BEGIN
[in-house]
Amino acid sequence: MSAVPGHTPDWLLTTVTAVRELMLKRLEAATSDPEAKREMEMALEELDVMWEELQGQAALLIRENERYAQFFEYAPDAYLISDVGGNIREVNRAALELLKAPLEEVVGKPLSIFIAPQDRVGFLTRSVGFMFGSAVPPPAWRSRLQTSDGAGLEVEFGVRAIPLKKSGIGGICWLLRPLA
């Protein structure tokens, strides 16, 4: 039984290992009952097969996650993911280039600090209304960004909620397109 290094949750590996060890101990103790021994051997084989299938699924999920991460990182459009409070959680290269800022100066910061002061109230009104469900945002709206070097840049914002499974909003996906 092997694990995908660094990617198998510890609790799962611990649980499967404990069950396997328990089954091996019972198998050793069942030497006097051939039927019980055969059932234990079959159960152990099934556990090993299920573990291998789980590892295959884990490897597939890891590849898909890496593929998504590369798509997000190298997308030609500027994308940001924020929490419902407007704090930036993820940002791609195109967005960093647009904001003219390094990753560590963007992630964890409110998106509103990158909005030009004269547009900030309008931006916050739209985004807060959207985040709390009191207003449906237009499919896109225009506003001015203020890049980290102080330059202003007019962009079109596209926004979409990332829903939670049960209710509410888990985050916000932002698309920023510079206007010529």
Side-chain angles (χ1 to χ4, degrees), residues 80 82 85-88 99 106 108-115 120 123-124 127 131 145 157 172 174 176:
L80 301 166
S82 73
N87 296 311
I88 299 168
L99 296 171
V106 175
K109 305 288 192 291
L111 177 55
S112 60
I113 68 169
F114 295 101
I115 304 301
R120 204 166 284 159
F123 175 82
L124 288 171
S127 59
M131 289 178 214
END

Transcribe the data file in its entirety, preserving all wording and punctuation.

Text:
[in-house]
Amino acid sequence: MSAVPGHTPDWLLTTVTAVRELMLKRLEAATSDPEAKREMEMALEELDVMWEELQGQAALLIRENERYAQFFEYAPDAYLISDVGGNIREVNRAALELLKAPLEEVVGKPLSIFIAPQDRVGFLTRSVGFMFGSAVPPPAWRSRLQTSDGAGLEVEFGVRAIPLKKSGIGGICWLLRPLA
């Protein structure tokens, strides 16, 4: 039984290992009952097969996650993911280039600090209304960004909620397109 290094949750590996060890101990103790021994051997084989299938699924999920991460990182459009409070959680290269800022100066910061002061109230009104469900945002709206070097840049914002499974909003996906 092997694990995908660094990617198998510890609790799962611990649980499967404990069950396997328990089954091996019972198998050793069942030497006097051939039927019980055969059932234990079959159960152990099934556990090993299920573990291998789980590892295959884990490897597939890891590849898909890496593929998504590369798509997000190298997308030609500027994308940001924020929490419902407007704090930036993820940002791609195109967005960093647009904001003219390094990753560590963007992630964890409110998106509103990158909005030009004269547009900030309008931006916050739209985004807060959207985040709390009191207003449906237009499919896109225009506003001015203020890049980290102080330059202003007019962009079109596209926004979409990332829903939670049960209710509410888990985050916000932002698309920023510079206007010529």
Side-chain angles (χ1 to χ4, degrees), residues 80 82 85-88 99 106 108-115 120 123-124 127 131 145 157 172 174 176:
L80 301 166
S82 73
N87 296 311
I88 299 168
L99 296 171
V106 175
K109 305 288 192 291
L111 177 55
S112 60
I113 68 169
F114 295 101
I115 304 301
R120 204 166 284 159
F123 175 82
L124 288 171
S127 59
M131 289 178 214